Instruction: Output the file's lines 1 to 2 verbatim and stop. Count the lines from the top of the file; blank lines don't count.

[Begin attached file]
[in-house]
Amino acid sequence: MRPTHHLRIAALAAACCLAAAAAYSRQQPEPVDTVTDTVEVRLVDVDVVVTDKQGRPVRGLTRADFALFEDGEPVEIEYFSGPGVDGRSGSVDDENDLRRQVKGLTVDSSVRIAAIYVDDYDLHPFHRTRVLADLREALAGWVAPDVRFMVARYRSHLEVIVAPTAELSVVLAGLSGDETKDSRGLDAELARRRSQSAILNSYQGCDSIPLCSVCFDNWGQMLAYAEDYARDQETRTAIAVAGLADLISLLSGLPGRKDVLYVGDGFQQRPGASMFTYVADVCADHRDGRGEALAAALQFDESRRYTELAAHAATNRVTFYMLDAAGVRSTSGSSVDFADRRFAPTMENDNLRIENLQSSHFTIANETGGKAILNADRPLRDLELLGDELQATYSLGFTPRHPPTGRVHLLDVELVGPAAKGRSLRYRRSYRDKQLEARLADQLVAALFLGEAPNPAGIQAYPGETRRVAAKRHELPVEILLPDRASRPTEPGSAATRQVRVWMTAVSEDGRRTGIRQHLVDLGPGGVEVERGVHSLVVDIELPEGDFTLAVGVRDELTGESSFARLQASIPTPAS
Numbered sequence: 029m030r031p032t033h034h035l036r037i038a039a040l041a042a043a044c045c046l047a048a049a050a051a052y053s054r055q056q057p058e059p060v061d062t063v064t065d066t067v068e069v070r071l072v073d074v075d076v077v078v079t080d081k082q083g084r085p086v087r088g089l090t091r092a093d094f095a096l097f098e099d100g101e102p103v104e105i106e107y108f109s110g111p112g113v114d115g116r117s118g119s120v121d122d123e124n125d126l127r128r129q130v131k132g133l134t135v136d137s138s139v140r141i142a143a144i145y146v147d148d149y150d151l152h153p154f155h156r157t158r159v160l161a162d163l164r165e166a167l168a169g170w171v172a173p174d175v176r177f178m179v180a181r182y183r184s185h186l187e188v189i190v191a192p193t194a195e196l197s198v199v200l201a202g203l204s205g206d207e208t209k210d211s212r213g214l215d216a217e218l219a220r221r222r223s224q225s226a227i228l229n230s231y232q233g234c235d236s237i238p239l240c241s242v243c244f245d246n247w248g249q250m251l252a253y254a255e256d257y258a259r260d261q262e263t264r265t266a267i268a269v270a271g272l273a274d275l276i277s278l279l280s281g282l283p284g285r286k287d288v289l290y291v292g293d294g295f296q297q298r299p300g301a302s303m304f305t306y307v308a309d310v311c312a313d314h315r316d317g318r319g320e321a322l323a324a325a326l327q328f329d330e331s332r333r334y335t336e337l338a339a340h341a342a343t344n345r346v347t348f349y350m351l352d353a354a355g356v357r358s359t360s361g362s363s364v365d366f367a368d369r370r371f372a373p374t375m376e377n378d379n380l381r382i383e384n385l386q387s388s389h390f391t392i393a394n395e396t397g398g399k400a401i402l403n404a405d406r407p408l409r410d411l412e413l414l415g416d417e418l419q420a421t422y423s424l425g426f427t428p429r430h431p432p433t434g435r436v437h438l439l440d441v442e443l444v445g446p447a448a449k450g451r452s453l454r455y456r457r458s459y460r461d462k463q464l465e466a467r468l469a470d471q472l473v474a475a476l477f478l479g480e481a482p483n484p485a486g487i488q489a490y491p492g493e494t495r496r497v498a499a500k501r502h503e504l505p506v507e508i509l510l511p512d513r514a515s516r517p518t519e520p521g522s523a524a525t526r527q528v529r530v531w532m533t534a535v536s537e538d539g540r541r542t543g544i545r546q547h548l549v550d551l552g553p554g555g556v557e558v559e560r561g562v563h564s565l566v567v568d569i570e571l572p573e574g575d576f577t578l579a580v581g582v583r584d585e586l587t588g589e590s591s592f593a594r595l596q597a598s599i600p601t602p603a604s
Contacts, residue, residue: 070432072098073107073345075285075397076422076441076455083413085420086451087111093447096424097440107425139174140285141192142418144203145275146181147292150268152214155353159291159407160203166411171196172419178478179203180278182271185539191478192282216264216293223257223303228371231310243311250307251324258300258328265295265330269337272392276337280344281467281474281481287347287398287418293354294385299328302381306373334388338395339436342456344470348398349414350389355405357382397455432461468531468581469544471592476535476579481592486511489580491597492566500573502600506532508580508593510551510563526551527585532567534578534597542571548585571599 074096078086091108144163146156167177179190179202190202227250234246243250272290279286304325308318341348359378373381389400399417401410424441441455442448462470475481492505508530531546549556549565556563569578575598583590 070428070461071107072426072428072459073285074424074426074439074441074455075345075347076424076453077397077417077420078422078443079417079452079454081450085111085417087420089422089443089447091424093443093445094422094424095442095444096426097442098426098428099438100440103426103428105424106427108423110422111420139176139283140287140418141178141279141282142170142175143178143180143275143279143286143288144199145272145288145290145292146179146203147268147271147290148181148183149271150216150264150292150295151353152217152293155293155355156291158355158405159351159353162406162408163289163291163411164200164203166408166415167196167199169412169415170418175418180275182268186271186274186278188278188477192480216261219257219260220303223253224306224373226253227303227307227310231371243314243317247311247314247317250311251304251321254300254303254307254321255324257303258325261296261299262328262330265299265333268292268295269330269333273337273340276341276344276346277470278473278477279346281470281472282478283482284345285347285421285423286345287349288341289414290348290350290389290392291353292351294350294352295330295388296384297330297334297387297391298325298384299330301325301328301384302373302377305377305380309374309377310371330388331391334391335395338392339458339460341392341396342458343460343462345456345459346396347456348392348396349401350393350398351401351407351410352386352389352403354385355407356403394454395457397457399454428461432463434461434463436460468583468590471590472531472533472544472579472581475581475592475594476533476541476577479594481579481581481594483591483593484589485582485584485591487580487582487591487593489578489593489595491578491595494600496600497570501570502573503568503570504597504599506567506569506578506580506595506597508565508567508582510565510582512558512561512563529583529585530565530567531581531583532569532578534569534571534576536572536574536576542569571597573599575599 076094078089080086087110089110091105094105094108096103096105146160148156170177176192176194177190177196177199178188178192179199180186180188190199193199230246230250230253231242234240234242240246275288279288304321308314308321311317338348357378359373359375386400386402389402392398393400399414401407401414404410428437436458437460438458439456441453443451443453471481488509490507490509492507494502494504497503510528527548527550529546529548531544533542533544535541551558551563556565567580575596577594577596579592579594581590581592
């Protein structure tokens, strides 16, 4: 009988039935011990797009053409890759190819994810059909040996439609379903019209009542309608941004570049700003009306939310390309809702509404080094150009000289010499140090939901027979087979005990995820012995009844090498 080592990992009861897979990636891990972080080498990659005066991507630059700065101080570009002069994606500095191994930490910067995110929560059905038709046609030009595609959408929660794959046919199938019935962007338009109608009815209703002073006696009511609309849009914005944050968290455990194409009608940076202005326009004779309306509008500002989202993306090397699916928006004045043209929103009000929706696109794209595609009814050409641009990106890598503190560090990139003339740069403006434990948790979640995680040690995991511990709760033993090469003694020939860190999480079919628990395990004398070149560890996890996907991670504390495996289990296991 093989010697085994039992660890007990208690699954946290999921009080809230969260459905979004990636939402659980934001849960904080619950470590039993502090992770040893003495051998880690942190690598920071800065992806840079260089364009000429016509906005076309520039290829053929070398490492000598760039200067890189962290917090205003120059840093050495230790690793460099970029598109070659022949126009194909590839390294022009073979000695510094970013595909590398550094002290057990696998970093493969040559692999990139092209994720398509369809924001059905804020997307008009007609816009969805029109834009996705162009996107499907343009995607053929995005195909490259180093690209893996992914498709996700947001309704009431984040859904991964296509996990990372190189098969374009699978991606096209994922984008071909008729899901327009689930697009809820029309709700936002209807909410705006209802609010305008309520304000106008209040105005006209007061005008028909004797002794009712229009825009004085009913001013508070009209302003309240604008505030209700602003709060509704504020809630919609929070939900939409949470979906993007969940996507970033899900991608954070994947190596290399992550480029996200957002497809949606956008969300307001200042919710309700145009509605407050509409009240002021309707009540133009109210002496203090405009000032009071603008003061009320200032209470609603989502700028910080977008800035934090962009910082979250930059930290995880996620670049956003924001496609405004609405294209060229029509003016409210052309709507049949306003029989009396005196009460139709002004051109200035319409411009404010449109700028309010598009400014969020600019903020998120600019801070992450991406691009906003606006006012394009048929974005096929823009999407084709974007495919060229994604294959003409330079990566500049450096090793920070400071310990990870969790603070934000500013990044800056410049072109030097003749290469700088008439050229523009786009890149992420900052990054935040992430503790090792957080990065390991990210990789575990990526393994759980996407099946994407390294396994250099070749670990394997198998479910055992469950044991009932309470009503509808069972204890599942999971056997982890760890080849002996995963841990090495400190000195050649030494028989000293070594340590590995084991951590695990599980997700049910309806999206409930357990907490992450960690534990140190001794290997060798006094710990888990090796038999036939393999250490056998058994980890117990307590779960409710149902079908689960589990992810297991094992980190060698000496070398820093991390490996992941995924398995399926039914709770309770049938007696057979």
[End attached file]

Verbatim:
[in-house]
Amino acid sequence: MRPTHHLRIAALAAACCLAAAAAYSRQQPEPVDTVTDTVEVRLVDVDVVVTDKQGRPVRGLTRADFALFEDGEPVEIEYFSGPGVDGRSGSVDDENDLRRQVKGLTVDSSVRIAAIYVDDYDLHPFHRTRVLADLREALAGWVAPDVRFMVARYRSHLEVIVAPTAELSVVLAGLSGDETKDSRGLDAELARRRSQSAILNSYQGCDSIPLCSVCFDNWGQMLAYAEDYARDQETRTAIAVAGLADLISLLSGLPGRKDVLYVGDGFQQRPGASMFTYVADVCADHRDGRGEALAAALQFDESRRYTELAAHAATNRVTFYMLDAAGVRSTSGSSVDFADRRFAPTMENDNLRIENLQSSHFTIANETGGKAILNADRPLRDLELLGDELQATYSLGFTPRHPPTGRVHLLDVELVGPAAKGRSLRYRRSYRDKQLEARLADQLVAALFLGEAPNPAGIQAYPGETRRVAAKRHELPVEILLPDRASRPTEPGSAATRQVRVWMTAVSEDGRRTGIRQHLVDLGPGGVEVERGVHSLVVDIELPEGDFTLAVGVRDELTGESSFARLQASIPTPAS